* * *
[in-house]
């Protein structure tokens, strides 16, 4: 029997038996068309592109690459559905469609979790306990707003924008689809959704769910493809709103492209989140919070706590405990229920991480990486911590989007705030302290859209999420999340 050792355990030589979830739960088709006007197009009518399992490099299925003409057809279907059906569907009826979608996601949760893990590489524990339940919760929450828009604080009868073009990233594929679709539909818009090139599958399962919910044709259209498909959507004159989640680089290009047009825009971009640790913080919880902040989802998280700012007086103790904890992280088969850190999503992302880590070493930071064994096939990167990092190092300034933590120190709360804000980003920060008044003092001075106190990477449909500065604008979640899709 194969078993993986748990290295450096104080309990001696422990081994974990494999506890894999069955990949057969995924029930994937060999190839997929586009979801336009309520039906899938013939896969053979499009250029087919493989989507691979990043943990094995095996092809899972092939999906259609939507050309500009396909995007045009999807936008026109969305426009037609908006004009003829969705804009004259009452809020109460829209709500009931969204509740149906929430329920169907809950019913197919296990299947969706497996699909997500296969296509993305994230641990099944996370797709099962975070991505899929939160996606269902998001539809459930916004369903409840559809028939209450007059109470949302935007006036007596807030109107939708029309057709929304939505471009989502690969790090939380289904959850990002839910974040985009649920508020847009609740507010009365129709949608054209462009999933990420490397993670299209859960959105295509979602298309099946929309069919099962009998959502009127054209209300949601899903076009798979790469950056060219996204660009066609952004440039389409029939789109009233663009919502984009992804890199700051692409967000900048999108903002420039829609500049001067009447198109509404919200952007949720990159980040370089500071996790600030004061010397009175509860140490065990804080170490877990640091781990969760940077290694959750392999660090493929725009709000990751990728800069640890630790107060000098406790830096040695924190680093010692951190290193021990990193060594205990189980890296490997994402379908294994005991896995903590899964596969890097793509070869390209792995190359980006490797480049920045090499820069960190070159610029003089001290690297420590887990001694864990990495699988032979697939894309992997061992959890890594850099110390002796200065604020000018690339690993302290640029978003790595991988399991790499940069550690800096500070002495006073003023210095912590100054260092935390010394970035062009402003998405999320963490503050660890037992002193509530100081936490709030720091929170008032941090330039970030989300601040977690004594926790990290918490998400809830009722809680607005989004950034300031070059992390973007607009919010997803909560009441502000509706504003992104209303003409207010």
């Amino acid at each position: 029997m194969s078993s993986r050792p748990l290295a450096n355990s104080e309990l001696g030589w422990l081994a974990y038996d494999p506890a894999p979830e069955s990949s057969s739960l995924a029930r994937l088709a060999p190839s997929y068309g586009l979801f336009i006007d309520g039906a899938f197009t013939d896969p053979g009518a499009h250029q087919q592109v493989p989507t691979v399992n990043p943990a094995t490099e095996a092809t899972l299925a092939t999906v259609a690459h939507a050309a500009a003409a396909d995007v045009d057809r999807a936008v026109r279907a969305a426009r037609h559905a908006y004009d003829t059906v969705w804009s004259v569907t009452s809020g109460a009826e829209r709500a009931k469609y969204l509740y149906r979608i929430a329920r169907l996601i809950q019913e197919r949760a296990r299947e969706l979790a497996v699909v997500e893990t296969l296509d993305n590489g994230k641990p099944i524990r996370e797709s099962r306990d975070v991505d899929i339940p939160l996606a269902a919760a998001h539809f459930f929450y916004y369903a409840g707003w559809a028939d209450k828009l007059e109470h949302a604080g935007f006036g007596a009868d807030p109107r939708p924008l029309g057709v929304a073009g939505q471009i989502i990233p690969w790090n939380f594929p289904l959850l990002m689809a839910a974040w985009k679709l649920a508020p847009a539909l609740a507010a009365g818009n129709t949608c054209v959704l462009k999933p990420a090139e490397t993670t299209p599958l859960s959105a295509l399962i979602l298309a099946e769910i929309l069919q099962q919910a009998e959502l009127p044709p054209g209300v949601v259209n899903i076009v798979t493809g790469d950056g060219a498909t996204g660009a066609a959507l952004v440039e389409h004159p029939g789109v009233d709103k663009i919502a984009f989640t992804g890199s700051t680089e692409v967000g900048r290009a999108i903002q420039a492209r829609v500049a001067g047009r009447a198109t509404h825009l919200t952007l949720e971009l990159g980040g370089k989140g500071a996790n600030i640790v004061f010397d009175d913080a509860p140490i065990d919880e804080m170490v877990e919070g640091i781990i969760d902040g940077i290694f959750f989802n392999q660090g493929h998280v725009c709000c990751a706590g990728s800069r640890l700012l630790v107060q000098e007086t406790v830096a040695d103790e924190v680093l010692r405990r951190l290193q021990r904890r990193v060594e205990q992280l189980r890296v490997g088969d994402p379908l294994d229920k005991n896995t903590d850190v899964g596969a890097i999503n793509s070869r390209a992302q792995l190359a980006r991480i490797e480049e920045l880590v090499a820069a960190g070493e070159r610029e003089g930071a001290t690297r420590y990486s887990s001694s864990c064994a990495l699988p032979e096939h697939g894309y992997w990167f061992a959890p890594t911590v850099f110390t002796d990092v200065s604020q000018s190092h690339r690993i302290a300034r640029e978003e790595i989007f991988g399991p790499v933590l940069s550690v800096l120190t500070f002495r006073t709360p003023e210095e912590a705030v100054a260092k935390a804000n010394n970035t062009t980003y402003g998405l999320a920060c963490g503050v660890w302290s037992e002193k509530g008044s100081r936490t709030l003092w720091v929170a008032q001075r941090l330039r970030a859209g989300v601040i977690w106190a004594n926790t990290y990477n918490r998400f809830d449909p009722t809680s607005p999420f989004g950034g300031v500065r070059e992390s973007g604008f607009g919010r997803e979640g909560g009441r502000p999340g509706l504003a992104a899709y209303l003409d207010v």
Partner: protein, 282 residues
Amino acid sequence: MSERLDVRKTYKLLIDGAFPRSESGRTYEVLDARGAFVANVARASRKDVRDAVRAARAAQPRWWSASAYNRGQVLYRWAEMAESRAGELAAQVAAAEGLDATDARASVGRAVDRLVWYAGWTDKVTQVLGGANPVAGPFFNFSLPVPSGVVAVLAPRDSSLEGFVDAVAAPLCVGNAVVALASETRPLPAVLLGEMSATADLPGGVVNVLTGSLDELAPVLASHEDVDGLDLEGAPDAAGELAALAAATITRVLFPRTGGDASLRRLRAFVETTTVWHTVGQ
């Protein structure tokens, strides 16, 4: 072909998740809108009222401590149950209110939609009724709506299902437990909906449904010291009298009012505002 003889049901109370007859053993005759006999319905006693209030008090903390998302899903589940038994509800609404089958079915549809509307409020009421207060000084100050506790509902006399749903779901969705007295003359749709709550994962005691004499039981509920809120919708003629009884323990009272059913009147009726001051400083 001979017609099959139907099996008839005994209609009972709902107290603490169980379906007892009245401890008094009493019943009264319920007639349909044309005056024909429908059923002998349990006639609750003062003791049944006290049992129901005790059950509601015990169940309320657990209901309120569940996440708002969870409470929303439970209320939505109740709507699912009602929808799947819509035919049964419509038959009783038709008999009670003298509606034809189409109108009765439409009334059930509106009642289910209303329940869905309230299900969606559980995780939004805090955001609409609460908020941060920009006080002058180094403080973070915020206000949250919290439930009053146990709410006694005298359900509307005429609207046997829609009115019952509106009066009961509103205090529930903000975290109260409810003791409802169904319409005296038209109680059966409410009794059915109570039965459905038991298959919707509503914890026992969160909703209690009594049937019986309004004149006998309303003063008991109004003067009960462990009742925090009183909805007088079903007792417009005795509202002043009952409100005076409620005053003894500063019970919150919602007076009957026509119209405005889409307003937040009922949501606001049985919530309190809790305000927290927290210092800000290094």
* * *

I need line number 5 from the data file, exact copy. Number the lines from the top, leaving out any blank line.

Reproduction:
Amino acid sequence: MSERLDVRKTYKLLIDGAFPRSESGRTYEVLDARGAFVANVARASRKDVRDAVRAARAAQPRWWSASAYNRGQVLYRWAEMAESRAGELAAQVAAAEGLDATDARASVGRAVDRLVWYAGWTDKVTQVLGGANPVAGPFFNFSLPVPSGVVAVLAPRDSSLEGFVDAVAAPLCVGNAVVALASETRPLPAVLLGEMSATADLPGGVVNVLTGSLDELAPVLASHEDVDGLDLEGAPDAAGELAALAAATITRVLFPRTGGDASLRRLRAFVETTTVWHTVGQ